Delayed neurologic sequelae occur in up to 40% of severe carbon monoxide (CO) poisonings. Conflicting clinical data support the efficacy of hyperbaric oxygen (HBO) therapy in the acute treatment of CO poisoning.
Objective: To determine whether oxygen therapy reduces neurologic sequelae after CO poisoning in mice.
Methods: Male Swiss-Webster mice were exposed to CO at 1,000 ppm for 40 minutes and then 50,000 ppm until loss of consciousness (LOC) (4-9 additional minutes). Total time of both phases of CO exposure was 40-49 minutes. Treatment included HBO with 3 atmospheres (ATA) 100% oxygen, normobaric oxygen (NBO) with 1 ATA 100% oxygen, or ambient air 15 minutes after LOC. All animals underwent passive avoidance training and memory was assessed by measuring step-down latency (SDL) and step-up latency (SUL) seven days following CO exposure.
Results: Carbon monoxide poisoning induced significant memory deficits (SDL(CO) = 156 sec; SUL(CO) = 75%) compared with nonpoisoned (NP) animals (SDL(NP) = 272 sec; SUL(NP) = 100%). Both HBO and NBO did not prevent these neurologic sequelae. Furthermore, no significant neurobehavioral differences were found between HBO and NBO. Histologic examination of the CA1 layer of the hippocampus for pyknotic cells showed significant damage from CO in the air-treated animals (9.6%) but not in the nonpoisoned animals (3.8%). No significant neuroprotection was seen histologically with NBO and HBO compared with ambient air.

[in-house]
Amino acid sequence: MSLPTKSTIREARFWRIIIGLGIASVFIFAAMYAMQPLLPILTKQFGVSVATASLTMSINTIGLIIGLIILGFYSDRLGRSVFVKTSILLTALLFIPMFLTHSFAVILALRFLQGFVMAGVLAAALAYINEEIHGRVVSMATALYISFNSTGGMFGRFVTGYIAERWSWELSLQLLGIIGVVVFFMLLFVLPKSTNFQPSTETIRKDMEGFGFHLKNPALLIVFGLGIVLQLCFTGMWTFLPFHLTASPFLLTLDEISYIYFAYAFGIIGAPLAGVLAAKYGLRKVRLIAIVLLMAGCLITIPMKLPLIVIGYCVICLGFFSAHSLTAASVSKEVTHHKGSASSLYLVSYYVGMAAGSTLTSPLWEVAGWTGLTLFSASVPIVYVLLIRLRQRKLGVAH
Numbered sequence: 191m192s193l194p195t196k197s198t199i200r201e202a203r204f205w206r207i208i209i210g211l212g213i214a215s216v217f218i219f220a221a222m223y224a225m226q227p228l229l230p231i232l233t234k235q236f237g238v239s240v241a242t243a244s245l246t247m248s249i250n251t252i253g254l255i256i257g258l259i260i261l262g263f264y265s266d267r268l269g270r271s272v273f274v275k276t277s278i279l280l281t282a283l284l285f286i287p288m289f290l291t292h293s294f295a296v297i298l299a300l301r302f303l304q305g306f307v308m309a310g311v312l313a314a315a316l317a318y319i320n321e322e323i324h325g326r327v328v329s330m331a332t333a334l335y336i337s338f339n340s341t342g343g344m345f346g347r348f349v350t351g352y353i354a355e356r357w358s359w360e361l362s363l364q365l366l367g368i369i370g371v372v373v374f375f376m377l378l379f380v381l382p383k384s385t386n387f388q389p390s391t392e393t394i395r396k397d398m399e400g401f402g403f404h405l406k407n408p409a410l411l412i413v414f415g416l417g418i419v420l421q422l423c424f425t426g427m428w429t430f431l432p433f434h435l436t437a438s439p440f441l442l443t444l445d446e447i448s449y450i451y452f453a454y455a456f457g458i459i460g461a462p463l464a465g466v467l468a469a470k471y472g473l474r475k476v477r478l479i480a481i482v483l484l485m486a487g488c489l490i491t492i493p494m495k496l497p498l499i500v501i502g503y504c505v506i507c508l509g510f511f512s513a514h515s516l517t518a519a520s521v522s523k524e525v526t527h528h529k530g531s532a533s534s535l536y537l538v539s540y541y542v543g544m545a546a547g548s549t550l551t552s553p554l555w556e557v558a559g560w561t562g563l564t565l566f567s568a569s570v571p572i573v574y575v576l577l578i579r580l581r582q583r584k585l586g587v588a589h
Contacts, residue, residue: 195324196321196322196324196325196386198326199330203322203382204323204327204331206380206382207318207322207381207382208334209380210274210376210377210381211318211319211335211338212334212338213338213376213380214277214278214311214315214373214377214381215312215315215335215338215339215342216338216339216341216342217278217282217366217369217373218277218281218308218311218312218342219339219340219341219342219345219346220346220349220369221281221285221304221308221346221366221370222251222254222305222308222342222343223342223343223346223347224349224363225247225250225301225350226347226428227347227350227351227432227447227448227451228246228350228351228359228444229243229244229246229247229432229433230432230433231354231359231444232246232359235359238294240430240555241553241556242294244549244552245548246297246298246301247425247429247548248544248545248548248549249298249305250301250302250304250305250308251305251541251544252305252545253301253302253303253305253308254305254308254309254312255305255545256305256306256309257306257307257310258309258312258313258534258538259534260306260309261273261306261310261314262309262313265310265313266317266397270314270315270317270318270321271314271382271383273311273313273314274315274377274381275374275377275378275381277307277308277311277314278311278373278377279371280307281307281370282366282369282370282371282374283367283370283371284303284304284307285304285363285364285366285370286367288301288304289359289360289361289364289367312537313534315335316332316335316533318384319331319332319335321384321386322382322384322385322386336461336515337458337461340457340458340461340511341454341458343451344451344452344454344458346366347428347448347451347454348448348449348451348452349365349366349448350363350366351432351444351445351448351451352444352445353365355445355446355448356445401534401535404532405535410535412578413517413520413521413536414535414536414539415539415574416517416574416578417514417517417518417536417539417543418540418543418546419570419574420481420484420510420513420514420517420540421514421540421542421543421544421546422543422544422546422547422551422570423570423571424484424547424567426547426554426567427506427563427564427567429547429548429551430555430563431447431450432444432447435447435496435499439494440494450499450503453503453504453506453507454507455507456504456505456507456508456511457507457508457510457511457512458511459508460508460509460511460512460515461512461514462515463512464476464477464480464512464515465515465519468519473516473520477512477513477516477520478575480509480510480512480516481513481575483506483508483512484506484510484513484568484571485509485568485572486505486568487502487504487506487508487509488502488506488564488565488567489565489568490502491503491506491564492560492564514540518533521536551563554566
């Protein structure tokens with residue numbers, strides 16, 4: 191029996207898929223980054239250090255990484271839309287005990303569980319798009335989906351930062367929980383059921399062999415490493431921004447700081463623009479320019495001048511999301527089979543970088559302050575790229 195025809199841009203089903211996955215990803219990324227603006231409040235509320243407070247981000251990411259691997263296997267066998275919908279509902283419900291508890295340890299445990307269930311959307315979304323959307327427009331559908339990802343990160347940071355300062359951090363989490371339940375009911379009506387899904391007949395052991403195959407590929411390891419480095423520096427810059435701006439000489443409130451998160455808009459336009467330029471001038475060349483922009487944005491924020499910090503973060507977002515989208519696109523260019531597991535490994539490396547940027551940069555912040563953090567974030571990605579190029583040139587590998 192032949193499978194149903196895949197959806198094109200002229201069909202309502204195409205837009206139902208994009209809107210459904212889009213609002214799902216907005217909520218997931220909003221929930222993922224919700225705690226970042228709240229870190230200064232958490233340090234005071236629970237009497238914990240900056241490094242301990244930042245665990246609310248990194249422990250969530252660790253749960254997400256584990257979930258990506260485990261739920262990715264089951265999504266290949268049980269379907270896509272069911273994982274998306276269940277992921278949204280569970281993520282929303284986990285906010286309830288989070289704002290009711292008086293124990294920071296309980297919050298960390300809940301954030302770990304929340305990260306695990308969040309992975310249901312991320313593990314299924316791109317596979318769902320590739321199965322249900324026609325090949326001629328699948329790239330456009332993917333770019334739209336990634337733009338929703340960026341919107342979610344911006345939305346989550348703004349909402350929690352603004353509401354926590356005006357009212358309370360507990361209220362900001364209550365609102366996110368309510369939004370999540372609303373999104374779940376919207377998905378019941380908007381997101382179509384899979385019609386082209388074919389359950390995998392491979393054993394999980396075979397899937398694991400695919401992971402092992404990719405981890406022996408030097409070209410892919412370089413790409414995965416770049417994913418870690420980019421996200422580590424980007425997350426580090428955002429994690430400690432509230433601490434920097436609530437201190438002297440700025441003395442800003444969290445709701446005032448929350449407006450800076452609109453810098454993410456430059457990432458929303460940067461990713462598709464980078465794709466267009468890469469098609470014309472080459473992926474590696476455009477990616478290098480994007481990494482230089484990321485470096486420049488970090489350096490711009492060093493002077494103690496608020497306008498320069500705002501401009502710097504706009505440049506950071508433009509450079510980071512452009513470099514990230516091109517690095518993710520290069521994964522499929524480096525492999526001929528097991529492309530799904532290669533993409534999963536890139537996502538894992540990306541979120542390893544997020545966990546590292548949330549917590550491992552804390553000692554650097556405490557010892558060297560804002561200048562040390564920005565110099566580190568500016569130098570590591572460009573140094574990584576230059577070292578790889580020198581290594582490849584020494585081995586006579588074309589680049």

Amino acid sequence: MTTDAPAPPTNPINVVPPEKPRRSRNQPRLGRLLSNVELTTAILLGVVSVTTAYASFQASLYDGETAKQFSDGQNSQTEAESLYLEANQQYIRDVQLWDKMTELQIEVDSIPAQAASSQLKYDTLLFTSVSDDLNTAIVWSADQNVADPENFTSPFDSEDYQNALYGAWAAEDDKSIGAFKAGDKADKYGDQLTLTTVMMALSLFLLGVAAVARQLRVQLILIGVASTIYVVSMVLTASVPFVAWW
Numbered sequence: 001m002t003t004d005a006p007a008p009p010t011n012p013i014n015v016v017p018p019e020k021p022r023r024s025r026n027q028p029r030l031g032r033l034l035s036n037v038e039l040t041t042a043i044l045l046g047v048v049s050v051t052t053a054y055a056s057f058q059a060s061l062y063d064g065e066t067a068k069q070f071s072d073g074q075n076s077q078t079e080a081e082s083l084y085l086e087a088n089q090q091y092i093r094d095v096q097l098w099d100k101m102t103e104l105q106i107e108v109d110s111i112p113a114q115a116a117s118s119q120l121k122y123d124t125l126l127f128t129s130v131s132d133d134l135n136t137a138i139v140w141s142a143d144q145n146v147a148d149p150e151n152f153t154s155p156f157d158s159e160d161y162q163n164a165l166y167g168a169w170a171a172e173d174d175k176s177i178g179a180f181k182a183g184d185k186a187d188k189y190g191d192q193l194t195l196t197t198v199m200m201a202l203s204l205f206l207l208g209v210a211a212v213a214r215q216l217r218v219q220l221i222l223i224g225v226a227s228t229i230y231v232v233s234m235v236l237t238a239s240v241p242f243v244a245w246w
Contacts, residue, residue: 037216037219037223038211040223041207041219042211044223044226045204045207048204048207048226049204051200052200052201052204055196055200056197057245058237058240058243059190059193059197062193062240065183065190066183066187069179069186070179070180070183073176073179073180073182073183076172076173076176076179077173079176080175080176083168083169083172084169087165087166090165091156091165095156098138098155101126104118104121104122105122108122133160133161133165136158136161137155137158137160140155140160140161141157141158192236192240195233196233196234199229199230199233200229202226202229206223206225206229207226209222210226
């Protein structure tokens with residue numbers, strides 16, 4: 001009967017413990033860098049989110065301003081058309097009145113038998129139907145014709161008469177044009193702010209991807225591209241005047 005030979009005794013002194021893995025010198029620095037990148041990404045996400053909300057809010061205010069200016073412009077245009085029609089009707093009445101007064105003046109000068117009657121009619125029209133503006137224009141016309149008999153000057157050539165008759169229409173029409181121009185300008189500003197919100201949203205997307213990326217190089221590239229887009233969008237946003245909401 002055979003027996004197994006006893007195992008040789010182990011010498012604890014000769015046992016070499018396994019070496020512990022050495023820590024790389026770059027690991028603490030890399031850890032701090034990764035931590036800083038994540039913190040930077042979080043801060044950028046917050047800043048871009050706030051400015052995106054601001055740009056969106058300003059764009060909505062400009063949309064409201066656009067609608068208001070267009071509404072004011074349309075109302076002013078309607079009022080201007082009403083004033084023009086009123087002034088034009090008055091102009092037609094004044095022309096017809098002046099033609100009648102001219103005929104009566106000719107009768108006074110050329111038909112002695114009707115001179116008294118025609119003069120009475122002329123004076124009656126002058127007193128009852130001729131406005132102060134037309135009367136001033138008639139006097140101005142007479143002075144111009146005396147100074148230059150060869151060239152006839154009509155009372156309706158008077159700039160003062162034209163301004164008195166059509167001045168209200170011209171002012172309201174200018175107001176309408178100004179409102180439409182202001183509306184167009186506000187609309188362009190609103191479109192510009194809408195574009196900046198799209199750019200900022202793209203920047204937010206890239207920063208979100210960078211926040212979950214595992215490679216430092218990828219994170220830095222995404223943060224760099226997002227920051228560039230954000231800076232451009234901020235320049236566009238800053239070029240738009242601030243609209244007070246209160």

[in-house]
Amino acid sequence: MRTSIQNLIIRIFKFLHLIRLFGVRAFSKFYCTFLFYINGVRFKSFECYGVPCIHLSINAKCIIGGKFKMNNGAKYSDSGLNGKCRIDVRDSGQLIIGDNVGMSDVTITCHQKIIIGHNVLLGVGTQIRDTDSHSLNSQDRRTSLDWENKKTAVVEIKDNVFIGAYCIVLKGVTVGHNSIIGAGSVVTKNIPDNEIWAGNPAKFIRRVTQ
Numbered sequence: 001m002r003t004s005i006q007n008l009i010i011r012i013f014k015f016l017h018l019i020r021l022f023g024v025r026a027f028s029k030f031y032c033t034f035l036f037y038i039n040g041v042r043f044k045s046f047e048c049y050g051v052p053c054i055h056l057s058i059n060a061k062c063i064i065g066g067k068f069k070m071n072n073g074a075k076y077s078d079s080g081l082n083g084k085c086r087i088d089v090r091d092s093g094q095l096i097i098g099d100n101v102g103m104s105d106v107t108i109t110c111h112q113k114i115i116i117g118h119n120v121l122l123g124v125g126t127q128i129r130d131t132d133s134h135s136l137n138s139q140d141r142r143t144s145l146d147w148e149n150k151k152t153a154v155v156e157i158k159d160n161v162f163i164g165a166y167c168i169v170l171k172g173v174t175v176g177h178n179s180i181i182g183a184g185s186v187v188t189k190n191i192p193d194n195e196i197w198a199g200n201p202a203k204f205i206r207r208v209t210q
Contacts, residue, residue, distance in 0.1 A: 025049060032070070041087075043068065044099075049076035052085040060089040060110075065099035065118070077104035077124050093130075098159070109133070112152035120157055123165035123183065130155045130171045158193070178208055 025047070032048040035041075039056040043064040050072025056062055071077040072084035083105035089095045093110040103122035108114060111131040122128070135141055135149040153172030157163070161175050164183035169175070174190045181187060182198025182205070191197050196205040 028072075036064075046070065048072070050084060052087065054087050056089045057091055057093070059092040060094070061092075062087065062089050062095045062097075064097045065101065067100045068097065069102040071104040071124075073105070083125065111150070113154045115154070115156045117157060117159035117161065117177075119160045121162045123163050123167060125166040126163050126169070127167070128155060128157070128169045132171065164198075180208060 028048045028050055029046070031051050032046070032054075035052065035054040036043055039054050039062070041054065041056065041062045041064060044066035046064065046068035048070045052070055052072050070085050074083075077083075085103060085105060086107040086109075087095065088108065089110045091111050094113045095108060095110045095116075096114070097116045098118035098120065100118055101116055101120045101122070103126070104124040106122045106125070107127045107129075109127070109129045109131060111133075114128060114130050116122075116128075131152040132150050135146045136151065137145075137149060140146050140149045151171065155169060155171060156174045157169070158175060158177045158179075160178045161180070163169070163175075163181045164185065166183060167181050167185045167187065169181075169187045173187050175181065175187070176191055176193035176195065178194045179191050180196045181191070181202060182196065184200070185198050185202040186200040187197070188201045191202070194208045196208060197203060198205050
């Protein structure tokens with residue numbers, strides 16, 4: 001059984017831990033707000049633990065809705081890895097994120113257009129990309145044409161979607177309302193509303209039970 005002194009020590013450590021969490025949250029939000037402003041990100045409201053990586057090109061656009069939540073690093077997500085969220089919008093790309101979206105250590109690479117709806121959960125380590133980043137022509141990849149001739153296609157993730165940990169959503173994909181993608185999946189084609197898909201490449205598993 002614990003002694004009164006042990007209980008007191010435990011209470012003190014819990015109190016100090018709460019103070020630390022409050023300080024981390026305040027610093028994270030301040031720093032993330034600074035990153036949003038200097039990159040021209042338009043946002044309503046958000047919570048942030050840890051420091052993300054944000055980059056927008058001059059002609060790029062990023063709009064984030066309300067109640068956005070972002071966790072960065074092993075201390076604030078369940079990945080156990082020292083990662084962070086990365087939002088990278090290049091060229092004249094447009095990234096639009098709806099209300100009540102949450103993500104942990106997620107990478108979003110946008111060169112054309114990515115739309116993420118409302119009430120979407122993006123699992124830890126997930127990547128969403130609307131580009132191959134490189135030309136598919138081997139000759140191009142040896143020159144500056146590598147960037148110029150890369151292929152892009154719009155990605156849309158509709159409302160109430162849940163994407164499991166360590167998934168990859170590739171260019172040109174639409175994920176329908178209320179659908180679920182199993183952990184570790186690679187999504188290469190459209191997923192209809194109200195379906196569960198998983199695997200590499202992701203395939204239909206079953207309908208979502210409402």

Conclusions: These results suggest that HBO is not effective in preventing neurologic sequelae in mice and that there is no benefit of HBO over NBO following severe CO neurotoxicity.